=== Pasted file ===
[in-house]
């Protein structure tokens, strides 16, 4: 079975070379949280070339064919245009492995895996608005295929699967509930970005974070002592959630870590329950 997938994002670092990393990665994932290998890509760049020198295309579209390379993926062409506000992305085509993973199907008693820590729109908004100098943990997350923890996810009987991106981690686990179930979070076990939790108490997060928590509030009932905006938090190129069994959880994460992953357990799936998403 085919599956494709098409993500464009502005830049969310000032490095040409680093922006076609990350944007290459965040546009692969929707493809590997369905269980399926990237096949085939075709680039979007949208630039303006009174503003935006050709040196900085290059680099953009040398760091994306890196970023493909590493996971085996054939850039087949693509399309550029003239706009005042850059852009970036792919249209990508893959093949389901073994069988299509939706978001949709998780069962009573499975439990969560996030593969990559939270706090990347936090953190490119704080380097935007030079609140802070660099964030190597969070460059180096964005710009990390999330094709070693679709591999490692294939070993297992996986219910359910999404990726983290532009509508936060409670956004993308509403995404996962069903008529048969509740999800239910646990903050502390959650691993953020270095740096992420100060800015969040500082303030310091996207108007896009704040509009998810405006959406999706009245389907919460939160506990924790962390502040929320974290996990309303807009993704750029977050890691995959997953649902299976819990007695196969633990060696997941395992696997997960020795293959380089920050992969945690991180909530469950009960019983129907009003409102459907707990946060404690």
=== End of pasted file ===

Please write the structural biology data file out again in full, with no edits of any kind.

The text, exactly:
[in-house]
């Protein structure tokens, strides 16, 4: 079975070379949280070339064919245009492995895996608005295929699967509930970005974070002592959630870590329950 997938994002670092990393990665994932290998890509760049020198295309579209390379993926062409506000992305085509993973199907008693820590729109908004100098943990997350923890996810009987991106981690686990179930979070076990939790108490997060928590509030009932905006938090190129069994959880994460992953357990799936998403 085919599956494709098409993500464009502005830049969310000032490095040409680093922006076609990350944007290459965040546009692969929707493809590997369905269980399926990237096949085939075709680039979007949208630039303006009174503003935006050709040196900085290059680099953009040398760091994306890196970023493909590493996971085996054939850039087949693509399309550029003239706009005042850059852009970036792919249209990508893959093949389901073994069988299509939706978001949709998780069962009573499975439990969560996030593969990559939270706090990347936090953190490119704080380097935007030079609140802070660099964030190597969070460059180096964005710009990390999330094709070693679709591999490692294939070993297992996986219910359910999404990726983290532009509508936060409670956004993308509403995404996962069903008529048969509740999800239910646990903050502390959650691993953020270095740096992420100060800015969040500082303030310091996207108007896009704040509009998810405006959406999706009245389907919460939160506990924790962390502040929320974290996990309303807009993704750029977050890691995959997953649902299976819990007695196969633990060696997941395992696997997960020795293959380089920050992969945690991180909530469950009960019983129907009003409102459907707990946060404690």